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Have you had an increase in stress-related workers' compensation or disability claims over the past year?

The Short Answer

Provide stress management training and opportunities for stress reduction and relief. Consider making stress-reduction training an integral part of coverage for this condition under your Worker’s Compensation plan.

The Long Answer

This is an area that has left many employers not knowing quite what to do. Any behavioral health concern such as stress-related workers compensation or disability is inherently ambiguous. Employers can’t be assured that an x-ray demonstrates beyond a reasonable doubt that an injury has occurred nor can they be assured that the workplace and its conditions are to be blamed.

The fact is, stress is costing the American business community billions of dollars per year in lost work days, lower productivity, healthcare costs and compensation. Case in point, an average stress claim costs $15,000.00 – twice the average for physical injury.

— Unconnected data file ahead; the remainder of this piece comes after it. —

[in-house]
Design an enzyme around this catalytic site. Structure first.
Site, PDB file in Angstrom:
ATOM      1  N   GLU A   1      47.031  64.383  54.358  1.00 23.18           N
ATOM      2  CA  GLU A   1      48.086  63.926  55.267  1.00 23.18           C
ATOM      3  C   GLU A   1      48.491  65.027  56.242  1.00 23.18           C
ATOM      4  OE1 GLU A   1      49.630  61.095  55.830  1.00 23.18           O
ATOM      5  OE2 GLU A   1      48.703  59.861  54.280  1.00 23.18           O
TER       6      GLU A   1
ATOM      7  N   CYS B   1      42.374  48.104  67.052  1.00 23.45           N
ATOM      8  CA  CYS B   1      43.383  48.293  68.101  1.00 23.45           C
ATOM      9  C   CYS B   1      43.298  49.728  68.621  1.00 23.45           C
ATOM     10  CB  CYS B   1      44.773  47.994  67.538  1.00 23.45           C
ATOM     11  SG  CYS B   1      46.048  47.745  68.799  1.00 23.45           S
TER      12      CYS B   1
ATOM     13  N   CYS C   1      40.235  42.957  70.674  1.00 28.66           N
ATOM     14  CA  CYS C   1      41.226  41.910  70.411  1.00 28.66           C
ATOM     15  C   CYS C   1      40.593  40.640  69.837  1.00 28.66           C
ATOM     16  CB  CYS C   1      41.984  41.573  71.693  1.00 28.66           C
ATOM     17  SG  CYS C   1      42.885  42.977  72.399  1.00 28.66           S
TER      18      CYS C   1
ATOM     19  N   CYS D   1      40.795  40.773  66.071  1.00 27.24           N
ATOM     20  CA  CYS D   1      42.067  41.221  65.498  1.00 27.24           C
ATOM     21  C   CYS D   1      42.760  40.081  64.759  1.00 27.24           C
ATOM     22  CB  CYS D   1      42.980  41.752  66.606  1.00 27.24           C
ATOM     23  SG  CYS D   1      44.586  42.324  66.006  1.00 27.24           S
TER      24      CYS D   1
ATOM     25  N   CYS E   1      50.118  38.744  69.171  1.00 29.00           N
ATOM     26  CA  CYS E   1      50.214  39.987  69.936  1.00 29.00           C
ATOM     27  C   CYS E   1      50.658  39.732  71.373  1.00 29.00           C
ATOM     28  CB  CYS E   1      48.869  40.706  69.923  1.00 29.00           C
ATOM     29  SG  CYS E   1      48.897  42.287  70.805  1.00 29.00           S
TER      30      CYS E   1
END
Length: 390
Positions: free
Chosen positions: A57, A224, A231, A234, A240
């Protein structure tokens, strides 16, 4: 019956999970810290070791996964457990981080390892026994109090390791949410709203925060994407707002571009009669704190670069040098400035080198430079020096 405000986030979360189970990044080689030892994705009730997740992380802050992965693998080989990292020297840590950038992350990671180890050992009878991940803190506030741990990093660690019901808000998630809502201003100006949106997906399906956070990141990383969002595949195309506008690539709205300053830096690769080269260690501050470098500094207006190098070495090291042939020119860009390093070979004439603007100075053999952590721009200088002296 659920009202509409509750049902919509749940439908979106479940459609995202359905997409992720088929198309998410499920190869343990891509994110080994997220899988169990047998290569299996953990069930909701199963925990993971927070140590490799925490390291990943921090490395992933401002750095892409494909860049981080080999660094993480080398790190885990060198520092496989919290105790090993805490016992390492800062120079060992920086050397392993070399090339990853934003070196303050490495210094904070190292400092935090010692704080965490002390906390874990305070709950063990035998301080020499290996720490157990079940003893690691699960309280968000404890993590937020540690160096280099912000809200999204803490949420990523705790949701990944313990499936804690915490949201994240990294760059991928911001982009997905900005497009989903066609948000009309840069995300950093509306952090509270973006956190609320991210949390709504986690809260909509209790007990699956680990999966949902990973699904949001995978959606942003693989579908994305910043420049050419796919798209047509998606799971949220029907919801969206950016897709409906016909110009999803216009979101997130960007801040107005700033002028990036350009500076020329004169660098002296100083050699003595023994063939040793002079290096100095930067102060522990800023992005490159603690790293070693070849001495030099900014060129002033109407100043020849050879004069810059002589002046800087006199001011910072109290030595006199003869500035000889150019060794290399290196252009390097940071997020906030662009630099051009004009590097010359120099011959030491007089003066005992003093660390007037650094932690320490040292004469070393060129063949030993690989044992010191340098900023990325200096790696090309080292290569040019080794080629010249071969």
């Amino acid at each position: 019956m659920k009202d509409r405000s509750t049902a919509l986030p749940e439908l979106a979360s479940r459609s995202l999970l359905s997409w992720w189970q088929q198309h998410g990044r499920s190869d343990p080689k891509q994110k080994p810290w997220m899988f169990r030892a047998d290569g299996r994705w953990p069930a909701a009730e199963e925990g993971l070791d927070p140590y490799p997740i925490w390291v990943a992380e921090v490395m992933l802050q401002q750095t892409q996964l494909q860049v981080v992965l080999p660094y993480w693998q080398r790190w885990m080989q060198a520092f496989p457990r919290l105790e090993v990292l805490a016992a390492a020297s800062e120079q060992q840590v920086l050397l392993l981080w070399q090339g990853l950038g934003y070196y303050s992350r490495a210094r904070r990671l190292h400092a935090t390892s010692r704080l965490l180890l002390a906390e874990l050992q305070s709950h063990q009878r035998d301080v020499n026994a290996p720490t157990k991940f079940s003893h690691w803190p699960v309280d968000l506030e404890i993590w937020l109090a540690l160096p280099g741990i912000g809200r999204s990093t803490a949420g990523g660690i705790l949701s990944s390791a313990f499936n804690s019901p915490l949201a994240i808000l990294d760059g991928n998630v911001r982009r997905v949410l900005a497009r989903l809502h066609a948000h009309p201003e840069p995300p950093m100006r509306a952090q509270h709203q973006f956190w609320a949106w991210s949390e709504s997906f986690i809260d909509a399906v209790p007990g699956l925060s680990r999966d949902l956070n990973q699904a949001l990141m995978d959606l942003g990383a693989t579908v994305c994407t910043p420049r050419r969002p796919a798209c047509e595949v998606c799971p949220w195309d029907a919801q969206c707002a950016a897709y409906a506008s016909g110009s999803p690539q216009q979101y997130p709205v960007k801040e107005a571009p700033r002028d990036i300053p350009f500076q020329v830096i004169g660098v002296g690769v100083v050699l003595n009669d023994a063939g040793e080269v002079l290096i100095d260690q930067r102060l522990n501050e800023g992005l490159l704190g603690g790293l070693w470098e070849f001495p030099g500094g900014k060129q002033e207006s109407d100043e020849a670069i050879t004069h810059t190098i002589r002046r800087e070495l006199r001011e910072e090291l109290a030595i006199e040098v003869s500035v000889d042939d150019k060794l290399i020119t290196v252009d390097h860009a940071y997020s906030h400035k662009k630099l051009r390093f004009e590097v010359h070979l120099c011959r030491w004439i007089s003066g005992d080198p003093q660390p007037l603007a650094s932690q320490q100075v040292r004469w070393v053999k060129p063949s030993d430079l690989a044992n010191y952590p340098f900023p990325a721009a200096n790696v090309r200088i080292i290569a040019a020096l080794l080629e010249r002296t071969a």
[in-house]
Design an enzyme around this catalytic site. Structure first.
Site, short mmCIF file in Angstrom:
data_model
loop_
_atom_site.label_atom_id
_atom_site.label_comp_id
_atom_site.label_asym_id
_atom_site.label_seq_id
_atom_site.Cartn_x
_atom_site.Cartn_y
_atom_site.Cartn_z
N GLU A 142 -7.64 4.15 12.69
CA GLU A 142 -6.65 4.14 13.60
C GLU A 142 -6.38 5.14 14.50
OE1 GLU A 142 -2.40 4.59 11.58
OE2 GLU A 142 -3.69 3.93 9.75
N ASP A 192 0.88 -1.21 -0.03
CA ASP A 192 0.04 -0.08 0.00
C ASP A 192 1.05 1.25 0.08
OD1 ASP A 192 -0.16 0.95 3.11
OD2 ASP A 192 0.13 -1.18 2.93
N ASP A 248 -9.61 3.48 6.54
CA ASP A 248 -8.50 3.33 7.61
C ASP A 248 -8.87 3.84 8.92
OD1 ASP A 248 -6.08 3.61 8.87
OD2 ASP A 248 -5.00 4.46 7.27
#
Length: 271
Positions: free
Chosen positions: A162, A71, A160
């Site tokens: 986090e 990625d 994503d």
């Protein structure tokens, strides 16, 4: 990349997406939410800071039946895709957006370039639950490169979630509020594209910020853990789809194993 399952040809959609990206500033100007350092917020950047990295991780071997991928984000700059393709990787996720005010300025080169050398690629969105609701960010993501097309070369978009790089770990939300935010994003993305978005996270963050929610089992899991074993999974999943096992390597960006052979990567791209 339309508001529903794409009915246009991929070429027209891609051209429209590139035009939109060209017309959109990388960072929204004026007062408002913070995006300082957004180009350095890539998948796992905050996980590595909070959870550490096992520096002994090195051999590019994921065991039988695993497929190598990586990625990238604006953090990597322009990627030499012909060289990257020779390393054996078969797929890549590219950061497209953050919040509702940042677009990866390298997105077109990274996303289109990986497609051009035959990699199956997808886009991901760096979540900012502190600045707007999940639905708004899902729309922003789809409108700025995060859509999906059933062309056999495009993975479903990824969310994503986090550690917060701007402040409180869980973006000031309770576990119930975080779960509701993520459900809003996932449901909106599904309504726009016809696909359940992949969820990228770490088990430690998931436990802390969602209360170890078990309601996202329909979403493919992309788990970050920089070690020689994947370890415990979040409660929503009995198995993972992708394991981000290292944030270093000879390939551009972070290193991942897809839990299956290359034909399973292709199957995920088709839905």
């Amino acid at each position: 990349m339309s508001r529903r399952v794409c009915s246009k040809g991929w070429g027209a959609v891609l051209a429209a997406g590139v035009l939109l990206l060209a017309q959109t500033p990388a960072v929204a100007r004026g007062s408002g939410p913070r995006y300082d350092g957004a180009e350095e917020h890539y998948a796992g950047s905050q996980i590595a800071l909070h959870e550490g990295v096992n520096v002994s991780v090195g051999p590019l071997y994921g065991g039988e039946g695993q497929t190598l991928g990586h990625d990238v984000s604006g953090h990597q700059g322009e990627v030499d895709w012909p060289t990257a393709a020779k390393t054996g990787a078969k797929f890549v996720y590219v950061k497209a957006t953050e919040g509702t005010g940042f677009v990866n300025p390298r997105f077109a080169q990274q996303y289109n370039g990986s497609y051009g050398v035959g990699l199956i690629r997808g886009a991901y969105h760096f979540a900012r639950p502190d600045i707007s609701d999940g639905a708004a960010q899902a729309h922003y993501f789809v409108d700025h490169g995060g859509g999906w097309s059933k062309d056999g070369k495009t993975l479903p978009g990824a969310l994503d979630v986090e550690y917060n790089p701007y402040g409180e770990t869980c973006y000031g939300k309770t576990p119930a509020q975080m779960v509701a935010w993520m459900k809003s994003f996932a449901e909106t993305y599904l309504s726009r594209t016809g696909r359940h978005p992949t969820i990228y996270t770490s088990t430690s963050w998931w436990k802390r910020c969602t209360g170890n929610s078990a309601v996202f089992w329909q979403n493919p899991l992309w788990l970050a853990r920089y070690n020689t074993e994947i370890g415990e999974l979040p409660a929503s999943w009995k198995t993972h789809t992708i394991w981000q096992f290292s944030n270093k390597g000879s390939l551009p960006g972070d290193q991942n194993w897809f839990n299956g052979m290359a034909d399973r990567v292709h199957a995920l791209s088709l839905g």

What's worse, mental health and substance abuse are cited as the secondary diagnosis on as many as 50% of physical disability claims.

Employers are encouraged to weave mental health professionals into the evaluation and treatment of stress-related disabilities, injuries and claims. The common approach today is to have an Occupational Medicine practitioner, at best, evaluate and prescribe treatment in these cases. Consider having these claims and cases evaluated by a qualified psychiatrist or psychologist. Not only can they assess and diagnose more appropriately (most family practice physicians and internists have little to no training in behavioral health), they can devise treatment plans that are appropriate to the actual need.

As it stands today, stress and behavioral reasons for filing a workers compensation claim or disability are treated to upwards of 12 weeks away from work while taking a prescribed anti-depressant or anti-anxiety medication. Including qualified mental health providers, such as those found in an EAP program, will limit time away from work and assure treatment planning that will address behavioral change and teaching coping skills.

© Copyright 2002 BPA Press, Inc.